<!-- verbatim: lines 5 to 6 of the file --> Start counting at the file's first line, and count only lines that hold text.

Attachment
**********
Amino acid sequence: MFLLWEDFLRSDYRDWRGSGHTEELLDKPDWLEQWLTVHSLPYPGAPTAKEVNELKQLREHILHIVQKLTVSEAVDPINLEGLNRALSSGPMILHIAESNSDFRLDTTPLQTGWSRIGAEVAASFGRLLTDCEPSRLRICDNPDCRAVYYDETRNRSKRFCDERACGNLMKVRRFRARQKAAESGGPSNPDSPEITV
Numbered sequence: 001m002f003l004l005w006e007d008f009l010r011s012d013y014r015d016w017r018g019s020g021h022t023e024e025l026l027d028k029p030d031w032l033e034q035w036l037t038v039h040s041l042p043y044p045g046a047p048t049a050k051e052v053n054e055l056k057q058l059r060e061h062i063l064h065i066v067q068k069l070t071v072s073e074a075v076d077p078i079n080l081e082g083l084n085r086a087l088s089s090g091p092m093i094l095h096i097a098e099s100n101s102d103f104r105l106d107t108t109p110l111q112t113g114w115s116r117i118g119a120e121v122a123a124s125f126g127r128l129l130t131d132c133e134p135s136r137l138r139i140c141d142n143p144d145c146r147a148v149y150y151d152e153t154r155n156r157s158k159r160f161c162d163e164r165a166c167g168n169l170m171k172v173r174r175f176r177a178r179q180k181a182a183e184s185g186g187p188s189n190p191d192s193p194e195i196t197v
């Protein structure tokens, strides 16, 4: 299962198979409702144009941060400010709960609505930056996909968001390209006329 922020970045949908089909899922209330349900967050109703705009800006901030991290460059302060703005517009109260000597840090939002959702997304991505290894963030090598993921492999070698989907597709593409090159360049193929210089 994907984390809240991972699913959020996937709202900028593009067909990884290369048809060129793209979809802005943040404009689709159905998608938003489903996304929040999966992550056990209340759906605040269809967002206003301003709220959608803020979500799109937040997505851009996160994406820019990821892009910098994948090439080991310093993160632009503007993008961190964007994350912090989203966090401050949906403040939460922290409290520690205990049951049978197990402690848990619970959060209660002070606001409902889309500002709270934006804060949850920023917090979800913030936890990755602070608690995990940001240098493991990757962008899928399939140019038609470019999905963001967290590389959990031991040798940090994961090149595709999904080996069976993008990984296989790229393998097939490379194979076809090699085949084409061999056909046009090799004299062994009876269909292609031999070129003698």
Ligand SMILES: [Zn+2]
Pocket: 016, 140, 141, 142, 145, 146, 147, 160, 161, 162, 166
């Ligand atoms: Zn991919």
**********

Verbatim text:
Pocket: 016, 140, 141, 142, 145, 146, 147, 160, 161, 162, 166
């Ligand atoms: Zn991919």